Polls give him a narrow lead in first round and 54-57 per cent in second. A moderate blend of discipline and dirigisme. Tax of 75 per cent on incomes over €1m. A ban on stock options. Deficit to be reduced to zero by 2017, through higher taxes on the rich and “restraining” public spending. Aside from 30 per cent reduction in ministerial salaries, cuts are unclear. He wants Brussels to take a more reflationary approach. He would “renegotiate” austerity pact to add EU-wide infrastructure schemes. Not really his subject but he calls for police brigades to reduce illegal immigration and for parliament to set an annual quota for legal migrants.

After briefly overtaking Marine Le Pen, Mélenchon has subsided to fourth place. Hard-left rhetoric not matched by programme. Incomes over €360,000 to be taxed at 100 per cent. Boost for minimum wage and pension rights. The Mélenchon policy is “who cares?” There would be no restrictions on spending. French banks would be legally obliged to hold public debt. He would seek to abolish the existing EU treaties. He wants a “democratic” EU dedicated to social solidarity and state ecological planning.

His voters may be key to a Sarkozy rebound in the second round. His protectionist policies favour industrial and agricultural products “made in France”. He wants to regulate futures trading in raw materials. The budget would be balanced by 2016 by “freezing” spending in 2013 and 2014. But a “freeze” means de-facto cuts, which he declines to enumerate. He wants the President of the European Council to be directly elected and the EU to invest in renewable energy.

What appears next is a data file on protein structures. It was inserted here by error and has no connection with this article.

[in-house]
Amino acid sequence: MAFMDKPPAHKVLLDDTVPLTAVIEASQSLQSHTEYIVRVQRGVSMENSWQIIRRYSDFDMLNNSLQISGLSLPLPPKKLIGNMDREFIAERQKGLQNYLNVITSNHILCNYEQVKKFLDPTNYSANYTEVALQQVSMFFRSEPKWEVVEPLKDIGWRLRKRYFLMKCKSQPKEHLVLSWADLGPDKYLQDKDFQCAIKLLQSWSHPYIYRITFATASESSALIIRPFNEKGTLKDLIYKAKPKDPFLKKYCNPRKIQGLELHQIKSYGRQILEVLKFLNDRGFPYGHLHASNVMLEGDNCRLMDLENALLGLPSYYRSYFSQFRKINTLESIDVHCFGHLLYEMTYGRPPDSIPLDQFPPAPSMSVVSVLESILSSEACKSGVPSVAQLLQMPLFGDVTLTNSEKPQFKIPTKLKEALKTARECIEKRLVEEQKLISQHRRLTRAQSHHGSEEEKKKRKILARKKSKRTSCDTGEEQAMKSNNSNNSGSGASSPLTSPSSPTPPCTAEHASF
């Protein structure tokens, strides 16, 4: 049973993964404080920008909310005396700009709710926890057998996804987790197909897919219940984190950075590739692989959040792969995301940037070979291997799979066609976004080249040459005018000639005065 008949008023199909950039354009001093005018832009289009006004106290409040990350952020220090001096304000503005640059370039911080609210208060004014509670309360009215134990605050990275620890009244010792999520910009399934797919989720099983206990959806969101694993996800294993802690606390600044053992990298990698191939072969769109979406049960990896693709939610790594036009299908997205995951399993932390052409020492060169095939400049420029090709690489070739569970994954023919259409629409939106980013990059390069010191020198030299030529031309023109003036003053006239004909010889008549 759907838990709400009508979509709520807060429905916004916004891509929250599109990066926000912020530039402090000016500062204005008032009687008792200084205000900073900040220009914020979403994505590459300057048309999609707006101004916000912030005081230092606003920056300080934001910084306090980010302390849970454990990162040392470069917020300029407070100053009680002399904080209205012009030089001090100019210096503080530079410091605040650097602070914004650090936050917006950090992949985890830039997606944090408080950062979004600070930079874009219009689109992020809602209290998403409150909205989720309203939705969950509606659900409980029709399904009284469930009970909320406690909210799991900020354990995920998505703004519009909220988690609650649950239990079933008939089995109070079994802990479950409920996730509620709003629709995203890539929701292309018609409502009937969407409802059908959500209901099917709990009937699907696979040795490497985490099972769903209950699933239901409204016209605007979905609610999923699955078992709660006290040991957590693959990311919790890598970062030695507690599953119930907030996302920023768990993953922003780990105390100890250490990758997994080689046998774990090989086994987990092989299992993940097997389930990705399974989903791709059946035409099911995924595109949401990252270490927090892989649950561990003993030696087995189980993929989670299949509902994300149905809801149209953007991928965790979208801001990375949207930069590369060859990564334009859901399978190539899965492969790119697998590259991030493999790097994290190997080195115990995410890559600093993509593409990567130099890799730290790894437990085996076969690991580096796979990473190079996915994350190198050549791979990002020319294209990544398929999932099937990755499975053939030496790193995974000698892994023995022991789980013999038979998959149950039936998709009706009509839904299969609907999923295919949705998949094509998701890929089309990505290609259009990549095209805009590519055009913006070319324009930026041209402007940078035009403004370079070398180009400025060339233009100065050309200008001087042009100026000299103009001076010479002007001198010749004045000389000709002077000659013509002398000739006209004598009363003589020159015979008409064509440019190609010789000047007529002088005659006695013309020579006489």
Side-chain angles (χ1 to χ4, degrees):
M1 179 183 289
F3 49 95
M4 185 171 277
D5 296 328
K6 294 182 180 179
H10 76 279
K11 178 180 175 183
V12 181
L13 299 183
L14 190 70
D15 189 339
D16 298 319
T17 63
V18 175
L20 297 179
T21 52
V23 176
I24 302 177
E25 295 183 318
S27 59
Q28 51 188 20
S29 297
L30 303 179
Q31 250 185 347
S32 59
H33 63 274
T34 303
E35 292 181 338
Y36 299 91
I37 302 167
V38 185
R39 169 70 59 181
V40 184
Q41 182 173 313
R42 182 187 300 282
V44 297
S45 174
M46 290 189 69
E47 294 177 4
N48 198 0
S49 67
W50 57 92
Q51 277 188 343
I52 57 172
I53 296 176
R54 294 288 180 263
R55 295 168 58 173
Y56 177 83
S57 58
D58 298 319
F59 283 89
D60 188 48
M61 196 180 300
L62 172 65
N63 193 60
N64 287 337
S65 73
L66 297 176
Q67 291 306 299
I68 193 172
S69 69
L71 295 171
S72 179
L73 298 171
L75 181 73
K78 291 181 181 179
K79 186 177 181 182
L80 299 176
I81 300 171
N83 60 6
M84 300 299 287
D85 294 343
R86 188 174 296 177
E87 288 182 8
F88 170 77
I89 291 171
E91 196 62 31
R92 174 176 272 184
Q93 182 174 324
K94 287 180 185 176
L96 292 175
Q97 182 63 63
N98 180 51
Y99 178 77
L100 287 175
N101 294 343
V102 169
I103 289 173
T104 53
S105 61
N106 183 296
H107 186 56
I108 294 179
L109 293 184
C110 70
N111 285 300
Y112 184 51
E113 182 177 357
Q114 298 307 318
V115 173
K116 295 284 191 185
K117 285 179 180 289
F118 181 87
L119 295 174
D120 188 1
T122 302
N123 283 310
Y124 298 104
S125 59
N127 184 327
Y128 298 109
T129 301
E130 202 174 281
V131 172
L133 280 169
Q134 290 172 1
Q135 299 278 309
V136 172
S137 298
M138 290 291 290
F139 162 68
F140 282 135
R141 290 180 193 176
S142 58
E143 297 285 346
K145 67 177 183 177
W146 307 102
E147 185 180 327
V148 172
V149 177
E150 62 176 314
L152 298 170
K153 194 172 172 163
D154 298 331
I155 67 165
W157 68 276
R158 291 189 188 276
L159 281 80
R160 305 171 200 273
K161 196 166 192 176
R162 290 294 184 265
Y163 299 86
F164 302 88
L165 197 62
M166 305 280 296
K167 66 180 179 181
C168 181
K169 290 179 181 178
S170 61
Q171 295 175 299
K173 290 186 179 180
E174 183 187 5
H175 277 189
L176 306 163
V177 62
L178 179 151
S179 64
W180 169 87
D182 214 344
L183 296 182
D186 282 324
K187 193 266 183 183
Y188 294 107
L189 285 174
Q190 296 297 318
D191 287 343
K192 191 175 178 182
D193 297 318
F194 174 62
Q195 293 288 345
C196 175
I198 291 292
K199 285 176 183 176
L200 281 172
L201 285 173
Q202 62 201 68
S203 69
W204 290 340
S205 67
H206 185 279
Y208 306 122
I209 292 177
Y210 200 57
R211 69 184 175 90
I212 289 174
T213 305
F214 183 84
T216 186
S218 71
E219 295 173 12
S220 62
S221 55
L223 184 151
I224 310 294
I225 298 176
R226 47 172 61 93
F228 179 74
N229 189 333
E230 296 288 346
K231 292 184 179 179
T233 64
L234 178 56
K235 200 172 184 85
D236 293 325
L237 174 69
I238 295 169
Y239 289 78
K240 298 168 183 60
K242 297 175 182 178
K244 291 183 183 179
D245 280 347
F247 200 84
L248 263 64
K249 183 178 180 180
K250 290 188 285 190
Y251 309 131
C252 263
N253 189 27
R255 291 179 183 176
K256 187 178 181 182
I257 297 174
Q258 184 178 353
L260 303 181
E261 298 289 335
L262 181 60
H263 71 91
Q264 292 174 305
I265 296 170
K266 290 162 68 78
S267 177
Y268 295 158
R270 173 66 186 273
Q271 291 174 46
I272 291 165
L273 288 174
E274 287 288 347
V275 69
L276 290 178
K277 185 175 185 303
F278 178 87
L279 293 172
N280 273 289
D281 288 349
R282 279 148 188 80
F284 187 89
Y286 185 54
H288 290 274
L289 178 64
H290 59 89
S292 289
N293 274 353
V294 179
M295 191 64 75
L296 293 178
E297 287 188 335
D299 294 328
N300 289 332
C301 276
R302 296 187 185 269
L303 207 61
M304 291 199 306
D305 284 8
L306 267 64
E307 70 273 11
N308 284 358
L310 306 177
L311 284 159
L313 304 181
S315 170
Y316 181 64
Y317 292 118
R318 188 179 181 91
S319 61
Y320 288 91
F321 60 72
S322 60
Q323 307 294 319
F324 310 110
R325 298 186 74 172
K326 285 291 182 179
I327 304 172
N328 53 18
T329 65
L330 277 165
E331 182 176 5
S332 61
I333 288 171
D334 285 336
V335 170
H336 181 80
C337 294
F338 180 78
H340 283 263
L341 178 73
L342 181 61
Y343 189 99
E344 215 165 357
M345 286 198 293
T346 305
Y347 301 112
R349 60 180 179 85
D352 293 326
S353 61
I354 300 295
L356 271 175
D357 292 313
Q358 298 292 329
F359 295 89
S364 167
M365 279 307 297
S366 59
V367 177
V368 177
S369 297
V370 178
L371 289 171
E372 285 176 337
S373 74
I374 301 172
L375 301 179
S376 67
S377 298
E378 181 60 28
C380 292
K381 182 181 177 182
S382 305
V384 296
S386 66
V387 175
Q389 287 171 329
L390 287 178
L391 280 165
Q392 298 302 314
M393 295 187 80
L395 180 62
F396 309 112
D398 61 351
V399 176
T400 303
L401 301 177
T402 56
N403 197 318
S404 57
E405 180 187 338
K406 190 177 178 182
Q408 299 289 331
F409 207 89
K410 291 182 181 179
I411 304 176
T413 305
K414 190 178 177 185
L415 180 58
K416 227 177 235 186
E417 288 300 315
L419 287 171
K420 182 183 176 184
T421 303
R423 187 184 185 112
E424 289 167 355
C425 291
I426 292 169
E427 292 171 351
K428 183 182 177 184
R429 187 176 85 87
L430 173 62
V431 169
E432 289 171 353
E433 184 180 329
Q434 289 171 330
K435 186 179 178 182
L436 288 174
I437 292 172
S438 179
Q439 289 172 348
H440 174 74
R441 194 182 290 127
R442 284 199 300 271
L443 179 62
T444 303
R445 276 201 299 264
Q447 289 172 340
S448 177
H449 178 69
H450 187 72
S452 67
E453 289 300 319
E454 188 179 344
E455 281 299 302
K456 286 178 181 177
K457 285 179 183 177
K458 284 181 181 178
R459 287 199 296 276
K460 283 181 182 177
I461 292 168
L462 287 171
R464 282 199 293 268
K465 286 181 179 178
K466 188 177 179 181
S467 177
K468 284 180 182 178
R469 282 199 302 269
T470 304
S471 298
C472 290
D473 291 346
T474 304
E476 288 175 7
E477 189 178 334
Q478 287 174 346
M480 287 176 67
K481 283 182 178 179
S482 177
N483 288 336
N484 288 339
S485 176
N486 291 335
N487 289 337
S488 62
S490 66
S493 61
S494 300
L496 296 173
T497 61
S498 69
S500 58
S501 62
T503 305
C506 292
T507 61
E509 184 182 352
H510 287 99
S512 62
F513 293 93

17 per cent would be a best-ever first round result for the NF. Unlike her father, pictured, she preaches an interventionist economic policy. Financial institutions would be controlled in the “national interest”. Halting mass immigration, abolishing tax breaks for the rich and ending the EU contribution would balance the books. Bank of France to print francs to “monetise” debt. Would abolish the EU or end French membership. A referendum would be called on a French exit from the euro.

Latest polls give him 25-27 per cent in first round and 43-46 per cent in the second. A mixture of liberalism and interventionism. Proposals include a hike in VAT to allow cuts in taxes on employers and new taxes on large firms. French budget deficit to be reduced to zero by 2016. Half of retiring civil servants not to be replaced; otherwise vague on cuts. He insists the EU fiscal treaty is sacrosanct, but suggests the ECB print money to boost growth.








He is calling for the regularisation of all illegal immigrants and automatic citizenship for everyone born in France or anyone who has lived in France for five years.

Illegal immigrants to be legalised if they speak French and are integrated. New EU efforts to control illegal immigration, in co-operation with the countries of origin.

Legal migration would be cut by 95 per cent; all illegal emigrants would be expelled; French nationality would no longer be given to all those born on French soil.

Will suspend French membership of the “open-borders” treaty unless the EU strengthens its defences against immigration.

Mr Hollande’s economic programme is vaguely promising compared with the “Merkozy” orthodoxy